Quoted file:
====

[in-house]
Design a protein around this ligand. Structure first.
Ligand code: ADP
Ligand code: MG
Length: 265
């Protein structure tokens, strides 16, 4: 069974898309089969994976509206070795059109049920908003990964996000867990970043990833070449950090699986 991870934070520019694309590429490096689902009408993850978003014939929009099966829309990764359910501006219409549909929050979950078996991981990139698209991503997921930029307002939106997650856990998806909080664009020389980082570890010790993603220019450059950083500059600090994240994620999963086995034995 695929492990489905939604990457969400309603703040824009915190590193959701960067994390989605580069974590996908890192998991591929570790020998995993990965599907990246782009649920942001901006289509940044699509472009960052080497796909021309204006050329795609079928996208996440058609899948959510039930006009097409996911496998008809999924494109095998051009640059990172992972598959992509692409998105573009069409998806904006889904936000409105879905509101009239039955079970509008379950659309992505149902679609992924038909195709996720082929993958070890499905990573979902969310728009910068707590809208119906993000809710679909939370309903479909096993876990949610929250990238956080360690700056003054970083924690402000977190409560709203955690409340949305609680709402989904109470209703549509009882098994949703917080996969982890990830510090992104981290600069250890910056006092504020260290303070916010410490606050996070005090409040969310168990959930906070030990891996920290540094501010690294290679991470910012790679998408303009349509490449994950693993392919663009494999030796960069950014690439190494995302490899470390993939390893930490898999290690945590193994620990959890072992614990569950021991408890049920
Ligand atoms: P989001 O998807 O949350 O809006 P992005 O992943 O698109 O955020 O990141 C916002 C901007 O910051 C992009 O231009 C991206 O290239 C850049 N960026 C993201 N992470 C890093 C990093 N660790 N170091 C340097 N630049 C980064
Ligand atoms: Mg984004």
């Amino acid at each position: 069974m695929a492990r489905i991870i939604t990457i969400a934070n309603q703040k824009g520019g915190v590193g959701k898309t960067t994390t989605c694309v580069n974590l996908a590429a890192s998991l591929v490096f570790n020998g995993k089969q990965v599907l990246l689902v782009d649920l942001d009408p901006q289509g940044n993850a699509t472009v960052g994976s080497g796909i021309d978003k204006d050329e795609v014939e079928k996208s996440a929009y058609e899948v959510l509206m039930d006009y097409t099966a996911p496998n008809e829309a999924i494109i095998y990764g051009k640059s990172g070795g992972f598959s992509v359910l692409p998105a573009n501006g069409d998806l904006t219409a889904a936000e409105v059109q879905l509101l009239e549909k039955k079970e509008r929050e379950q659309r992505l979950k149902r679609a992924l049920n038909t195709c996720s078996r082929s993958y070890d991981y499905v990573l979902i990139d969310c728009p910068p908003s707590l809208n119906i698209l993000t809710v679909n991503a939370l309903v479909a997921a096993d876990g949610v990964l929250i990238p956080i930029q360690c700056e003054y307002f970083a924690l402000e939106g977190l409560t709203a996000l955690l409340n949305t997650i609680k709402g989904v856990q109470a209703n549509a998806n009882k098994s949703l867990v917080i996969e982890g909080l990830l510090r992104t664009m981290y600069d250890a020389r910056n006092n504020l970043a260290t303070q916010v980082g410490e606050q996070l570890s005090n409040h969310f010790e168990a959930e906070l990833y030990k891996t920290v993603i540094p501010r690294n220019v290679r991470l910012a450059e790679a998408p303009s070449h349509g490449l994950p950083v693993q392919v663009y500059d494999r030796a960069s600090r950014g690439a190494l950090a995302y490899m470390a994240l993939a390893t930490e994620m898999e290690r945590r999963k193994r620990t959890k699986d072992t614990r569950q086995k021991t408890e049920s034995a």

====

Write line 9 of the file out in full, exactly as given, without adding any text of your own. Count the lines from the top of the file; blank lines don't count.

């Amino acid at each position: 069974m695929a492990r489905i991870i939604t990457i969400a934070n309603q703040k824009g520019g915190v590193g959701k898309t960067t994390t989605c694309v580069n974590l996908a590429a890192s998991l591929v490096f570790n020998g995993k089969q990965v599907l990246l689902v782009d649920l942001d009408p901006q289509g940044n993850a699509t472009v960052g994976s080497g796909i021309d978003k204006d050329e795609v014939e079928k996208s996440a929009y058609e899948v959510l509206m039930d006009y097409t099966a996911p496998n008809e829309a999924i494109i095998y990764g051009k640059s990172g070795g992972f598959s992509v359910l692409p998105a573009n501006g069409d998806l904006t219409a889904a936000e409105v059109q879905l509101l009239e549909k039955k079970e509008r929050e379950q659309r992505l979950k149902r679609a992924l049920n038909t195709c996720s078996r082929s993958y070890d991981y499905v990573l979902i990139d969310c728009p910068p908003s707590l809208n119906i698209l993000t809710v679909n991503a939370l309903v479909a997921a096993d876990g949610v990964l929250i990238p956080i930029q360690c700056e003054y307002f970083a924690l402000e939106g977190l409560t709203a996000l955690l409340n949305t997650i609680k709402g989904v856990q109470a209703n549509a998806n009882k098994s949703l867990v917080i996969e982890g909080l990830l510090r992104t664009m981290y600069d250890a020389r910056n006092n504020l970043a260290t303070q916010v980082g410490e606050q996070l570890s005090n409040h969310f010790e168990a959930e906070l990833y030990k891996t920290v993603i540094p501010r690294n220019v290679r991470l910012a450059e790679a998408p303009s070449h349509g490449l994950p950083v693993q392919v663009y500059d494999r030796a960069s600090r950014g690439a190494l950090a995302y490899m470390a994240l993939a390893t930490e994620m898999e290690r945590r999963k193994r620990t959890k699986d072992t614990r569950q086995k021991t408890e049920s034995a």